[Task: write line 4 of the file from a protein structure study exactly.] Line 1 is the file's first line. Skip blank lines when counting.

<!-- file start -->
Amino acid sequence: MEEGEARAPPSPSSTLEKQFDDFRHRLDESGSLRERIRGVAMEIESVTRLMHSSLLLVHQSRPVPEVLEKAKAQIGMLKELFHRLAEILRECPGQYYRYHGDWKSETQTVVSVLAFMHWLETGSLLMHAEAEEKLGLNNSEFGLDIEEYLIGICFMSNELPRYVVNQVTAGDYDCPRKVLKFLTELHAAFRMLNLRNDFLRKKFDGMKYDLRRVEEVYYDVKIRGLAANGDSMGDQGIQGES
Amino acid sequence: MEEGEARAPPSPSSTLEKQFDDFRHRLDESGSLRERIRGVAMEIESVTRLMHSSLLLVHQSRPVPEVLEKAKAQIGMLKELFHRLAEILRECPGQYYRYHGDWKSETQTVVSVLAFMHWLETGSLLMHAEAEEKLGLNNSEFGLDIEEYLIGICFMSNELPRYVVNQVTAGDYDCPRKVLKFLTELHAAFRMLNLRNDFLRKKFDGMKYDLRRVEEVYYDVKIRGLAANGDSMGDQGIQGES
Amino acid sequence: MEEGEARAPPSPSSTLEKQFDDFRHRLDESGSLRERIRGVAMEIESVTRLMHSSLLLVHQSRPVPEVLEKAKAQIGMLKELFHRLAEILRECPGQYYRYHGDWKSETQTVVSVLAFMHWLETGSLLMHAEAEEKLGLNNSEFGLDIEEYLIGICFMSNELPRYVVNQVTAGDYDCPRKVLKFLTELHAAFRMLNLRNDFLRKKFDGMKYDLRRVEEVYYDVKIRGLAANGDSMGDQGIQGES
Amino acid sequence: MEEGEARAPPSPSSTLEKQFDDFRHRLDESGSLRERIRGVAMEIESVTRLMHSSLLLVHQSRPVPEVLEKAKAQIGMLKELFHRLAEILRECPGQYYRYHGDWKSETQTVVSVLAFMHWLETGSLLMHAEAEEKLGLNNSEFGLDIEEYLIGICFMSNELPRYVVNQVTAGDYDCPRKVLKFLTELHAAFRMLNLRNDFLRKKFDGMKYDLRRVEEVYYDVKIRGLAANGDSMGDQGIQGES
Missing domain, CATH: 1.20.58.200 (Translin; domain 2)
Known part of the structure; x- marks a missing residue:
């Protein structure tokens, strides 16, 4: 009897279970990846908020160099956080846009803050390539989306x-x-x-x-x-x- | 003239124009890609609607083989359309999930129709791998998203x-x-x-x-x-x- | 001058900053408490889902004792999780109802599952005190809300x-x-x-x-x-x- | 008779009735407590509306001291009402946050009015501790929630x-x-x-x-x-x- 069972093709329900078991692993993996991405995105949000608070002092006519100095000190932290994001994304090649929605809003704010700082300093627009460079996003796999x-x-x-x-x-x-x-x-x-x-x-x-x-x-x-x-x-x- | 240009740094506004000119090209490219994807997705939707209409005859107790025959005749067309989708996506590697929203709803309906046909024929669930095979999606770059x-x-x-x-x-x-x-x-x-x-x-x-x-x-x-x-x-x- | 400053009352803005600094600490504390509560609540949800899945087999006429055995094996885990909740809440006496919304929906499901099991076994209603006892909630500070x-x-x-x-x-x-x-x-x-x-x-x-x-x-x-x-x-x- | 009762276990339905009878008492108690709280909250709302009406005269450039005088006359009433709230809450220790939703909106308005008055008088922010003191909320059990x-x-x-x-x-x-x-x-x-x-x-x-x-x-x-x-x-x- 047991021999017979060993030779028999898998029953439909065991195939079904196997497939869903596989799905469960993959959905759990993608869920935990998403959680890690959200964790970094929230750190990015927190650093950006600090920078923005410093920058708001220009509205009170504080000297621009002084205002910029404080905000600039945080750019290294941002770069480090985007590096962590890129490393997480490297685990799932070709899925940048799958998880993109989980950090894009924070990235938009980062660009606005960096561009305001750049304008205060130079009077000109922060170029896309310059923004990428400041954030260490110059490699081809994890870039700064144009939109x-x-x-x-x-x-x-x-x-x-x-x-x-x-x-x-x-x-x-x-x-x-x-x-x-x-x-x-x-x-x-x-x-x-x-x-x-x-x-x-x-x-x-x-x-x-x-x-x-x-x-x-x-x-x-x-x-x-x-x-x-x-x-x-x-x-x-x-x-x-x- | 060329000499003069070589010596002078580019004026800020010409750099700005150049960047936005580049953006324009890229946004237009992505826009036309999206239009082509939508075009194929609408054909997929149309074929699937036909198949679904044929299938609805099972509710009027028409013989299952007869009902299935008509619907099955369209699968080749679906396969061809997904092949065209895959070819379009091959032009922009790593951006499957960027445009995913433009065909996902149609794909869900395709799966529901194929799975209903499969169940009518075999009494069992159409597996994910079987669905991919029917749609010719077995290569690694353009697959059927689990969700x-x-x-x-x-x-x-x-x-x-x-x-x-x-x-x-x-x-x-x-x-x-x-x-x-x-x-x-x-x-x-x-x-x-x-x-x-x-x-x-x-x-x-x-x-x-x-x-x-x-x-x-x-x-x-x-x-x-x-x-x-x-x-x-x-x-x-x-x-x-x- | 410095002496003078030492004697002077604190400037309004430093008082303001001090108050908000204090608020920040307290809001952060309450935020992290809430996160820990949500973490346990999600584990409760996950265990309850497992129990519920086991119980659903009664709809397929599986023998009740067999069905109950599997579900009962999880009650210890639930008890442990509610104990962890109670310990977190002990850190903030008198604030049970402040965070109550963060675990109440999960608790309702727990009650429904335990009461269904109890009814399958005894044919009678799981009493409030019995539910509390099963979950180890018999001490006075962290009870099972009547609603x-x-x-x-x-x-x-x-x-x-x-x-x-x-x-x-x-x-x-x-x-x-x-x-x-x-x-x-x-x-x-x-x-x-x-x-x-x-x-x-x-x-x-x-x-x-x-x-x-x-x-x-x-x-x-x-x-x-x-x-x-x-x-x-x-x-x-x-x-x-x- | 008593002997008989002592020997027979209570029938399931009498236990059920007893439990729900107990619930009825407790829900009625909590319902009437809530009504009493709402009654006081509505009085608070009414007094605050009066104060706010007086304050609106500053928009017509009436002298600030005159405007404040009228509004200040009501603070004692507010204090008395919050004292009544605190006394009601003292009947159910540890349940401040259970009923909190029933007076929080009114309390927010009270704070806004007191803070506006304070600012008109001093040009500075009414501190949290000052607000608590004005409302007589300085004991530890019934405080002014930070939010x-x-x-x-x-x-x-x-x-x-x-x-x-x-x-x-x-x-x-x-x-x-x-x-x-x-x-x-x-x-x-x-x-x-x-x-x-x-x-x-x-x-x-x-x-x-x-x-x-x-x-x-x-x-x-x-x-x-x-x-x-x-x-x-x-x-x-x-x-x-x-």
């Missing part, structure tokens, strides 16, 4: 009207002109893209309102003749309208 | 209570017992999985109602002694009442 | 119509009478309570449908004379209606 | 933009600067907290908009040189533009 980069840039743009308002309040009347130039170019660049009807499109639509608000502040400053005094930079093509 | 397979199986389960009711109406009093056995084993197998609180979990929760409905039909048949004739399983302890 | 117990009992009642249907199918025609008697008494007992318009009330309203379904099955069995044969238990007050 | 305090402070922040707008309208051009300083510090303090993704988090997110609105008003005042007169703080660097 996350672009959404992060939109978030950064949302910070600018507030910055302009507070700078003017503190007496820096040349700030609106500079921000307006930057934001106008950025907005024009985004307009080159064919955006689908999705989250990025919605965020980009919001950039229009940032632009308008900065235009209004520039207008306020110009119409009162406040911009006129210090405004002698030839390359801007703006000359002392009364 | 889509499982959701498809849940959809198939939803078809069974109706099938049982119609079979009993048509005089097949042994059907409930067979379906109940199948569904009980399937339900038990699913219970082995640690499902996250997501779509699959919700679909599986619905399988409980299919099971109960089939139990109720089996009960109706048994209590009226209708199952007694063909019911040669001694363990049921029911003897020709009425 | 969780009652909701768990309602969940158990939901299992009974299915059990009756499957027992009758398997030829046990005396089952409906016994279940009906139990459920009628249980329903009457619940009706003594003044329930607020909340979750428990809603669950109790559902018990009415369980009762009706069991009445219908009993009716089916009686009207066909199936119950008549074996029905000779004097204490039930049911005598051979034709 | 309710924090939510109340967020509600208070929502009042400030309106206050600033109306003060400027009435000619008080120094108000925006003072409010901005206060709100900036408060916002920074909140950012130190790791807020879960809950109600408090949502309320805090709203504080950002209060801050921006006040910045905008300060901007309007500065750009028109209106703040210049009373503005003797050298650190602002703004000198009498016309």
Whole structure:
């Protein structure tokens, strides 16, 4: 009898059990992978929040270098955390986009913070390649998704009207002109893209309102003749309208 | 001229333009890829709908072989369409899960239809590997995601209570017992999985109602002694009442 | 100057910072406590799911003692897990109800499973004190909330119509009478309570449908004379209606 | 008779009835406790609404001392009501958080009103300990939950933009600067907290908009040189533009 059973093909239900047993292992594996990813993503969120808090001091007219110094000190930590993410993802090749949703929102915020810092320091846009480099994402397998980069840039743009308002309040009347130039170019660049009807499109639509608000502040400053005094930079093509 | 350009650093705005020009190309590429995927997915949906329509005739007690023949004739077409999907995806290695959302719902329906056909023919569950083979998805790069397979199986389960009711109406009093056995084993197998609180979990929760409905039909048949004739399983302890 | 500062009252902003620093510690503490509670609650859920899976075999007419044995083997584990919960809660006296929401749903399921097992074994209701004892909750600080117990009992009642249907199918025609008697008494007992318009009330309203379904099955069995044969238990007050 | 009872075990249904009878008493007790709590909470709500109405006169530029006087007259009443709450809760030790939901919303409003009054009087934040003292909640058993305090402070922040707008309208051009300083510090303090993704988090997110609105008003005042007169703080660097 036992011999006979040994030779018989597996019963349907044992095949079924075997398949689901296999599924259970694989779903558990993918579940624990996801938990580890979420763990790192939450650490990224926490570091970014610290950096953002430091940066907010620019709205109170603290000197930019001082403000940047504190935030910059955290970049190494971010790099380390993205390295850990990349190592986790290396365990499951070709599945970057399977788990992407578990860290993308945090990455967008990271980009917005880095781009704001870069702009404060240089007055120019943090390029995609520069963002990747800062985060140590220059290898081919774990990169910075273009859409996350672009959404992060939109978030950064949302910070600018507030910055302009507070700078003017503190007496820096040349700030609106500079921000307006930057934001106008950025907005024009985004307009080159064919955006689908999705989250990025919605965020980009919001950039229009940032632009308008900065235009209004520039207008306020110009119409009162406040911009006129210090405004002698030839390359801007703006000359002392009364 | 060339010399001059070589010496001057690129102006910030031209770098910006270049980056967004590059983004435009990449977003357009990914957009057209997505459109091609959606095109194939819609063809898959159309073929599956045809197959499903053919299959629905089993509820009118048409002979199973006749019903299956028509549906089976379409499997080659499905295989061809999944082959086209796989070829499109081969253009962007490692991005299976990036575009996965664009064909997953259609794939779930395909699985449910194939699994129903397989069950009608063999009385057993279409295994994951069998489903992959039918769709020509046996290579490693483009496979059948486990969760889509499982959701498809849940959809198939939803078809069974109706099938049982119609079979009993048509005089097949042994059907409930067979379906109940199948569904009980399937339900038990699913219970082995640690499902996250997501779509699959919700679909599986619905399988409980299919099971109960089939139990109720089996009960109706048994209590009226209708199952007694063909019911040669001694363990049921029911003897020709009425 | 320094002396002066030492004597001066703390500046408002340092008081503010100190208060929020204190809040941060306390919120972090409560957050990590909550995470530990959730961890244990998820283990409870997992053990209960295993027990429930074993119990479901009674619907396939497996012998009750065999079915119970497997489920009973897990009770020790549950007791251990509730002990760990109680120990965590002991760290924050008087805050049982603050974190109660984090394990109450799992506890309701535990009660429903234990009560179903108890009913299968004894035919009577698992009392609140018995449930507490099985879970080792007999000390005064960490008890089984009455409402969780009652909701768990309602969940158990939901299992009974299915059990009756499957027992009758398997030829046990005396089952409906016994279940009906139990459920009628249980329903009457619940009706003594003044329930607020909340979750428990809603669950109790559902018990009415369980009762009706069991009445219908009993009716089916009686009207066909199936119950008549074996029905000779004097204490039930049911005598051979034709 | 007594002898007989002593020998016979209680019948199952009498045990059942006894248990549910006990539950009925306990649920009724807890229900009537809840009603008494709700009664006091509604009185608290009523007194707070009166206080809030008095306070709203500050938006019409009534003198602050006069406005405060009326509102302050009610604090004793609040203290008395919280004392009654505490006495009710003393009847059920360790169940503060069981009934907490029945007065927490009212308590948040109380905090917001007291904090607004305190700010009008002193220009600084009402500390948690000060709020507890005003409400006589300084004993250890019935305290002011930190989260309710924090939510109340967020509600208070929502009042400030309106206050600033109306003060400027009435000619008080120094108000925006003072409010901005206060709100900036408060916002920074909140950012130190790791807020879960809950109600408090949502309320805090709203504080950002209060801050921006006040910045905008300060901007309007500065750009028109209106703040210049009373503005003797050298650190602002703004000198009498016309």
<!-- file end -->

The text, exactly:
Amino acid sequence: MEEGEARAPPSPSSTLEKQFDDFRHRLDESGSLRERIRGVAMEIESVTRLMHSSLLLVHQSRPVPEVLEKAKAQIGMLKELFHRLAEILRECPGQYYRYHGDWKSETQTVVSVLAFMHWLETGSLLMHAEAEEKLGLNNSEFGLDIEEYLIGICFMSNELPRYVVNQVTAGDYDCPRKVLKFLTELHAAFRMLNLRNDFLRKKFDGMKYDLRRVEEVYYDVKIRGLAANGDSMGDQGIQGES